Friday, a woman’s house burned down.
I got a ride home from coaching basketball practice to see a huge pile of black waste material being loaded into a dump truck by a Cat. We don’t see big machinery on our street very often.
“Is that trash?” one of my players asked.
“Or maybe sewage?” I suggested. We live across from an asentimiento, a squatter village. Either is possible.
We watched for another minute before I got out. My wife and young son were there with other neighbors, watching, too.
I came up smiling at them, but no one returned my smile. Then Kim told me what happened. Everyone in the asentimiento hooks into the power lines and runs electricity, rigged up however they can, to their homes. The rigged wire had begun to spark and burned her house to the ground. The destroyed house was across the street from us and two houses back from our close friends. I walked down to see the site. The only things left were the brick fire cookstove and some zinc roofing.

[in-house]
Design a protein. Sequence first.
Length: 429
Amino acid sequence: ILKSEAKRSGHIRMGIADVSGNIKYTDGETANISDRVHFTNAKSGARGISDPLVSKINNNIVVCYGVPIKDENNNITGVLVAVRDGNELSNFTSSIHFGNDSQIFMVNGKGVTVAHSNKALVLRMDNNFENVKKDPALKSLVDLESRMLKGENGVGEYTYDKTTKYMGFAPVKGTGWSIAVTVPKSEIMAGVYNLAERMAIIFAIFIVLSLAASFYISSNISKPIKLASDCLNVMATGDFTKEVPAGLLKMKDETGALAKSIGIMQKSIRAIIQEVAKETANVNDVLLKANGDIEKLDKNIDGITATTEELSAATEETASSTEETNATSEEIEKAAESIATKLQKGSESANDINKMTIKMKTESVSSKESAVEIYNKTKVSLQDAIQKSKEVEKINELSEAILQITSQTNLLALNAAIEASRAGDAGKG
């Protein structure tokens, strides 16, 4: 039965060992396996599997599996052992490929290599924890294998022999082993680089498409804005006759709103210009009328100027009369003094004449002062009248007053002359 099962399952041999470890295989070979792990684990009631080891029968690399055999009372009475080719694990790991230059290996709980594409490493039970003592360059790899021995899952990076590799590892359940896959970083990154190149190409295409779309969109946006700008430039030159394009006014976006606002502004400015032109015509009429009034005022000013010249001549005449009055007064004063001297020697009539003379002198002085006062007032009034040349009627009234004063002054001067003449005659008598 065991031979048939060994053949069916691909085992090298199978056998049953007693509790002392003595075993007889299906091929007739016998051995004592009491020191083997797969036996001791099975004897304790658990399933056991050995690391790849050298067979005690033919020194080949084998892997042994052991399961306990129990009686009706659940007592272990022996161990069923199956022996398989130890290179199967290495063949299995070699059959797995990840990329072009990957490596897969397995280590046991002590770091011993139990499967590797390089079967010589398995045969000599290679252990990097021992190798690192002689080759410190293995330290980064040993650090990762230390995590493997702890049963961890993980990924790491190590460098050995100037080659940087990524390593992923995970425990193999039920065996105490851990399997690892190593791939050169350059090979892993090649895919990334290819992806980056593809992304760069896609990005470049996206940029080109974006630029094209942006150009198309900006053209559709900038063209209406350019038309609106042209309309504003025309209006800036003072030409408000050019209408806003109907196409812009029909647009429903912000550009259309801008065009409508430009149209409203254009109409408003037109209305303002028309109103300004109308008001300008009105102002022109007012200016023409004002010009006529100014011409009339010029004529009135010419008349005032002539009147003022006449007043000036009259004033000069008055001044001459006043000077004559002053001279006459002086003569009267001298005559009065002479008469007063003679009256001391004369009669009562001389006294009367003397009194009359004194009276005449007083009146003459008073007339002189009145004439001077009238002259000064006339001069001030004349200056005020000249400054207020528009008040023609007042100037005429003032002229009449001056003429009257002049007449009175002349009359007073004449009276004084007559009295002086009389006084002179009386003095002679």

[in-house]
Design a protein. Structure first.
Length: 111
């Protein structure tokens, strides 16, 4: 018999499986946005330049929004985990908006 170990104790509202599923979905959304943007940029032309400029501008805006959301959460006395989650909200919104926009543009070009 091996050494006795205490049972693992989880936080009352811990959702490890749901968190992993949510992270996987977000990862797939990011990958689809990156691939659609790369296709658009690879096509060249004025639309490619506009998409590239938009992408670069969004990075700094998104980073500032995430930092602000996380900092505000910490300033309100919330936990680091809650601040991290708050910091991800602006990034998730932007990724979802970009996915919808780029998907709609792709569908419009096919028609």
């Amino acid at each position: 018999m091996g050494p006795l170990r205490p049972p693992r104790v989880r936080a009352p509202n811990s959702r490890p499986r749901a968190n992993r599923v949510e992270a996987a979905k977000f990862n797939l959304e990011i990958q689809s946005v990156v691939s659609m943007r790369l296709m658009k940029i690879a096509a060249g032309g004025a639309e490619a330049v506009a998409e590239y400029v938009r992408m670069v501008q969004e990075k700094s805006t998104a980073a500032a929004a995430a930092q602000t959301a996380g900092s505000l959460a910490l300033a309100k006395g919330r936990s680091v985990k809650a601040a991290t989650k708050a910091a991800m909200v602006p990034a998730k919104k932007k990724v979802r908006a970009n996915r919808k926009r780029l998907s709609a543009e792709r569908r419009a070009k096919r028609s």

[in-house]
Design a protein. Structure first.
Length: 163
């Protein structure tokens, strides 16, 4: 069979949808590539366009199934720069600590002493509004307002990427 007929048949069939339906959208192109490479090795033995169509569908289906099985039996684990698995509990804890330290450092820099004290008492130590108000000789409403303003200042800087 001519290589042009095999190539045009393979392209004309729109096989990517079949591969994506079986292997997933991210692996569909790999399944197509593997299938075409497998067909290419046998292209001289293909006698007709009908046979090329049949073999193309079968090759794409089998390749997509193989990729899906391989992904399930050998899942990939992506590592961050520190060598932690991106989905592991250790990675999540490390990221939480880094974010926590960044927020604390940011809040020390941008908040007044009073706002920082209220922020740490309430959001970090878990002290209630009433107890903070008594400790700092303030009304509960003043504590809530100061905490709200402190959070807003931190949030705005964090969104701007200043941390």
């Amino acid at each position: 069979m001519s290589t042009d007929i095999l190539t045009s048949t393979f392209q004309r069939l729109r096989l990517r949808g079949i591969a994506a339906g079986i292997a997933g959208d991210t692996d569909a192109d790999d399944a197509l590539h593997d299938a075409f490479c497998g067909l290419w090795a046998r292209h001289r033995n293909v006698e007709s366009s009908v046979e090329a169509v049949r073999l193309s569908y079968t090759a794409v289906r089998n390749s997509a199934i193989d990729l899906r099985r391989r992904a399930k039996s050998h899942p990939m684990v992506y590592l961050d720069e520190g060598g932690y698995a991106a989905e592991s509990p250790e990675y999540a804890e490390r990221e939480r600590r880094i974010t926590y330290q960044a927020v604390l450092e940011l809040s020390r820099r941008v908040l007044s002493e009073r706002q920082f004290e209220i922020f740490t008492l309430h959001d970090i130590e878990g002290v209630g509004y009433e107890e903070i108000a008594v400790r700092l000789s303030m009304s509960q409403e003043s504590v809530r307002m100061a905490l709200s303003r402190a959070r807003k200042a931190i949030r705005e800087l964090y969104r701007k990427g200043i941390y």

All her other possessions were now that pile of rubble, ash, and cinder quickly getting scooped up to be hauled to the Managua city dump. Two tiny barefoot neighbor girls were darting in and out of the blackened pile, collecting charred bits of wood for their cooking fires.